At least 30 people have been killed in twin bomb blasts at a market in northeastern Nigeria, the military has said. The twin bombings, blamed on Boko Haram terrorists, occurred in the town of Madagali, Adamawa state.
Two female suicide bombers detonated their explosives in a busy market, an army spokesman told AFP news agency.
Although no group has claimed responsibility, suspicion is likely to fall on Boko Haram, renowned for kidnapping civilians and forcing them to carry out suicide bombing missions in crowded areas.
Military offensive and hunger crisis
Boko Haram is renowned for setting entire villages alight, kidnapping thousands of people and using civilians as suicide bombers. Although the group originally carried out attacks in Nigeria, the conflict soon spilled over into neighbouring states Cameroon, Chad and Niger.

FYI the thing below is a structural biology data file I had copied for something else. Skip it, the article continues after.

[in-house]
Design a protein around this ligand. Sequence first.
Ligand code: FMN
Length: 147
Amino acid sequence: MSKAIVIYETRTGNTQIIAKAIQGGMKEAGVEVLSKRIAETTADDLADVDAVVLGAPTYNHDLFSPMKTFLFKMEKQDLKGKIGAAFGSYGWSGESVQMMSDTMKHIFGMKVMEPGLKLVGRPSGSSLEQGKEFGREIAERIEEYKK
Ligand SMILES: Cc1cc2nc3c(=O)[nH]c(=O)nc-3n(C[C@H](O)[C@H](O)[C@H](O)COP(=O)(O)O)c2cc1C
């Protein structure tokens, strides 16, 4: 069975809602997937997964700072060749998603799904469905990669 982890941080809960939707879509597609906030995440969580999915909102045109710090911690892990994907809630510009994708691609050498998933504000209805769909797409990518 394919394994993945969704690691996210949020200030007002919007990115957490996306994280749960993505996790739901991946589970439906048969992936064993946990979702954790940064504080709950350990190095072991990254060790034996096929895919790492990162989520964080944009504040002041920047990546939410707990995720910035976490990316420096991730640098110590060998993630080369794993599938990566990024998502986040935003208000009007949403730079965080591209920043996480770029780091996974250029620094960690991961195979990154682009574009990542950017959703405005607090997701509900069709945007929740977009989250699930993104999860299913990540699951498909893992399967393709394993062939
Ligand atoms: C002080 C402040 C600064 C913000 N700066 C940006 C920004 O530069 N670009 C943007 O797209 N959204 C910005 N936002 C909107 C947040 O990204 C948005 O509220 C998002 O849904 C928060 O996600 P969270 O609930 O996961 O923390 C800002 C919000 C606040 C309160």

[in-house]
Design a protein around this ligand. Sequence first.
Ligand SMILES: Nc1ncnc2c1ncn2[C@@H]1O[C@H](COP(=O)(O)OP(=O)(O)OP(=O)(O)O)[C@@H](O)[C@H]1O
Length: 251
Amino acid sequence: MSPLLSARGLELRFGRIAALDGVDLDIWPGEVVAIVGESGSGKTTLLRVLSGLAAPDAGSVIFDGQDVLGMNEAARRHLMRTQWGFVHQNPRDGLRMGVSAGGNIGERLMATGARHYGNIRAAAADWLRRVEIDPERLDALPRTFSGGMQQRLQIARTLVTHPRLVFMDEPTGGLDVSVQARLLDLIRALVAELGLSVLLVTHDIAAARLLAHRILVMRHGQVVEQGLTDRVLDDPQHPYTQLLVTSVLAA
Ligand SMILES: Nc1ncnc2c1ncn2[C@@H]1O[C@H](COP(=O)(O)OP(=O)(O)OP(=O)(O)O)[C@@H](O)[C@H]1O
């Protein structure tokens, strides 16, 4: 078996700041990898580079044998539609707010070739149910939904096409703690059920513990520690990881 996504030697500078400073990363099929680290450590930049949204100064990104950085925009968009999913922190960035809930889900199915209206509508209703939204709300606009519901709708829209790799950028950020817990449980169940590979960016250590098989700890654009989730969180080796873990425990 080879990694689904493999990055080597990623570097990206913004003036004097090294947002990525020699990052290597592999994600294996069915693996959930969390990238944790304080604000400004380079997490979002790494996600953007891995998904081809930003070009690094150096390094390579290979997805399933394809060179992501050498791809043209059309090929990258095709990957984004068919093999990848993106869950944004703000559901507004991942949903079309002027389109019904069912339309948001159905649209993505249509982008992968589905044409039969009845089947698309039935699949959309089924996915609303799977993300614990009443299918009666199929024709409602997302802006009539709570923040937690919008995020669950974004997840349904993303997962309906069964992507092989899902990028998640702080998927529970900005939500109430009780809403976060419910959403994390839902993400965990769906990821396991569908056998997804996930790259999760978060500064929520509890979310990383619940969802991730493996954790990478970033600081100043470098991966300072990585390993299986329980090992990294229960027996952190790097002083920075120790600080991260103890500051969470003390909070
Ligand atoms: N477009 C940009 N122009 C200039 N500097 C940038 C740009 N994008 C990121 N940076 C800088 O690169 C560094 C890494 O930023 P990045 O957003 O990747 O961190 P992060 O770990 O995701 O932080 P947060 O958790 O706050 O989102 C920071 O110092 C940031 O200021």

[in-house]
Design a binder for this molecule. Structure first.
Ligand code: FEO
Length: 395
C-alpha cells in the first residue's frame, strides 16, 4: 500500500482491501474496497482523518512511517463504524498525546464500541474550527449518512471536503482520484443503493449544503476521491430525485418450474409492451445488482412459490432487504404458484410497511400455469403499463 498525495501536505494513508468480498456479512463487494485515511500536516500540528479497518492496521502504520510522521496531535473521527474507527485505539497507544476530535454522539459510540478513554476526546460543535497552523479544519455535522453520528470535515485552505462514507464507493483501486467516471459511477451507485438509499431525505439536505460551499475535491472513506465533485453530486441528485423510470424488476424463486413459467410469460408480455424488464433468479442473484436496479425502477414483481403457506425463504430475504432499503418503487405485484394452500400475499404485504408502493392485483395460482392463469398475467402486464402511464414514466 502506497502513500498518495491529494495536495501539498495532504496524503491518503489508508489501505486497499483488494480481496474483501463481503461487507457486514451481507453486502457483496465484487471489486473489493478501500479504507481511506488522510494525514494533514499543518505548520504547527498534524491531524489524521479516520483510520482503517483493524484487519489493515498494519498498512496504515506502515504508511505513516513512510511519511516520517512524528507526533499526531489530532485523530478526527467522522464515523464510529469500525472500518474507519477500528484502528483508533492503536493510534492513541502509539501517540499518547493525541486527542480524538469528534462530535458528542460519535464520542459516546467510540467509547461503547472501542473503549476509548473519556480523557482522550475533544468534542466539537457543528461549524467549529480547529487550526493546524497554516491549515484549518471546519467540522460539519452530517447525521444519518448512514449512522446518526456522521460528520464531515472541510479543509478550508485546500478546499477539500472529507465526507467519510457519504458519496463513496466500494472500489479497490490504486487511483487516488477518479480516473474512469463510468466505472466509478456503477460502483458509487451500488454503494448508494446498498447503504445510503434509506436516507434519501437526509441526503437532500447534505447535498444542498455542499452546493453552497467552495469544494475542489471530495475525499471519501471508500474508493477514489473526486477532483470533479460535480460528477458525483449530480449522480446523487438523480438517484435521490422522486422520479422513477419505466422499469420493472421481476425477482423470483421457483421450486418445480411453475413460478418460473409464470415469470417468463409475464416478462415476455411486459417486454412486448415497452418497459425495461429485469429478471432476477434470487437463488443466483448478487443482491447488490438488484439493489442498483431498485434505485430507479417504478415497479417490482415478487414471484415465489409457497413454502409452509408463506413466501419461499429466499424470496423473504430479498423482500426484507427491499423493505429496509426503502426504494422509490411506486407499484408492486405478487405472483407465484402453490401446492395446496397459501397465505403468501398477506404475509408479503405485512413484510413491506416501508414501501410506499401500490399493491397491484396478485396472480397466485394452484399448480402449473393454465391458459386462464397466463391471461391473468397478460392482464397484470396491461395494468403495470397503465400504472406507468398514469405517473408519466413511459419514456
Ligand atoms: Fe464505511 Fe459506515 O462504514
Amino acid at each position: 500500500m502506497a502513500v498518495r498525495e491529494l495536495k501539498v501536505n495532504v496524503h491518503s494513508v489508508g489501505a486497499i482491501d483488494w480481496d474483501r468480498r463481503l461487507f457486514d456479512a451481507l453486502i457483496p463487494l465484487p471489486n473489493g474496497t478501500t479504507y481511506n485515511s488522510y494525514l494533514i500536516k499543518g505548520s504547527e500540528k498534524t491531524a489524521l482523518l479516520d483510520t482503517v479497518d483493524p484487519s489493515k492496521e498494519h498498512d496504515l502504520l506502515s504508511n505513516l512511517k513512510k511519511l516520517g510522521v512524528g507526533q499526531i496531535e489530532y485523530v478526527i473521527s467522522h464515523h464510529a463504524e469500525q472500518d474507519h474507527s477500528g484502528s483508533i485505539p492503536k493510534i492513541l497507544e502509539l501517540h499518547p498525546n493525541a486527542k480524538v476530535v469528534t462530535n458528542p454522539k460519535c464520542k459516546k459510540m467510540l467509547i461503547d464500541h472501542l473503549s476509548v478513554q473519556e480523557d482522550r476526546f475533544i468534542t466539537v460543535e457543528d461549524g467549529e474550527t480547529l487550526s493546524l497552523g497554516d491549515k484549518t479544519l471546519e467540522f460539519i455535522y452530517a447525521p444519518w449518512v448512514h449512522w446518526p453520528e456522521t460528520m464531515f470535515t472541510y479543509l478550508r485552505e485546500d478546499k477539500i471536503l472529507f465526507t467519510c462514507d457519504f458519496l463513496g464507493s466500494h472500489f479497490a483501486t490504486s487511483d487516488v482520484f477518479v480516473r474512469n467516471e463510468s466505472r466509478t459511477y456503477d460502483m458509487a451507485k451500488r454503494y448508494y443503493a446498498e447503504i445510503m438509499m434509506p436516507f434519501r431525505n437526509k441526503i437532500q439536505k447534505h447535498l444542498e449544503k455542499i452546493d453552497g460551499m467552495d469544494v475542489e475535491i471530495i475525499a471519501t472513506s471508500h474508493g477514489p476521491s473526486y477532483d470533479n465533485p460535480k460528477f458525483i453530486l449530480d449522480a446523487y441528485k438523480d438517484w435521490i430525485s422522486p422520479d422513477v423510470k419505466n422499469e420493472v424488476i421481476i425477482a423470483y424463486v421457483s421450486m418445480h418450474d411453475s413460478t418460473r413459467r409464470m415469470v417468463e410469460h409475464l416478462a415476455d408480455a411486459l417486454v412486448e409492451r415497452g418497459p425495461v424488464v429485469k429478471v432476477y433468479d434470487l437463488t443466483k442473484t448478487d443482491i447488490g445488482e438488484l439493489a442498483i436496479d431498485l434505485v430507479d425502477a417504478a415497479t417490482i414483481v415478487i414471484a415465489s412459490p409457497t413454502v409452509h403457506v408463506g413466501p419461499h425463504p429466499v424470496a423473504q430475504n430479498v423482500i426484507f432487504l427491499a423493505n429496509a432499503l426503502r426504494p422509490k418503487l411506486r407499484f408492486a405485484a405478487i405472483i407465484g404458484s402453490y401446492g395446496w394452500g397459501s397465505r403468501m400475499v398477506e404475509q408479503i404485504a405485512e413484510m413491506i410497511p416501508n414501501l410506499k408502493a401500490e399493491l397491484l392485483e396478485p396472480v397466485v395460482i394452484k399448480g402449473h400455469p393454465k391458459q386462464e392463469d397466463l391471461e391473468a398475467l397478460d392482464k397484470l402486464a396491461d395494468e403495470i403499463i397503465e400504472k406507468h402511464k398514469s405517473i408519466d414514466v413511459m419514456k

Nigeria's President Muhammadu Buhari, who vowed his administration would defeat Boko Haram – has repeatedly called for a global effort to tackle the humanitarian crisis in the Lake Chad water basin, which comprises Chad, Cameroon, Niger, and Nigeria.
The offensive has scored some successes, such as the recapture of key territories and the release of thousands of civilians held captive by the group.
Earlier this year, the UN warned at least 400,000 children in northeastern Nigeria alone are now at risk of starvation as a result of prolonged violence and displacement.
In December, the UN launched a $1 bn (£783m) funding appeal to help tackle what it defined as "the largest crisis on the African continent."
However, Buhari accused the UN and aid groups of exaggerating the extent of a hunger crisis in order to receive more funds.
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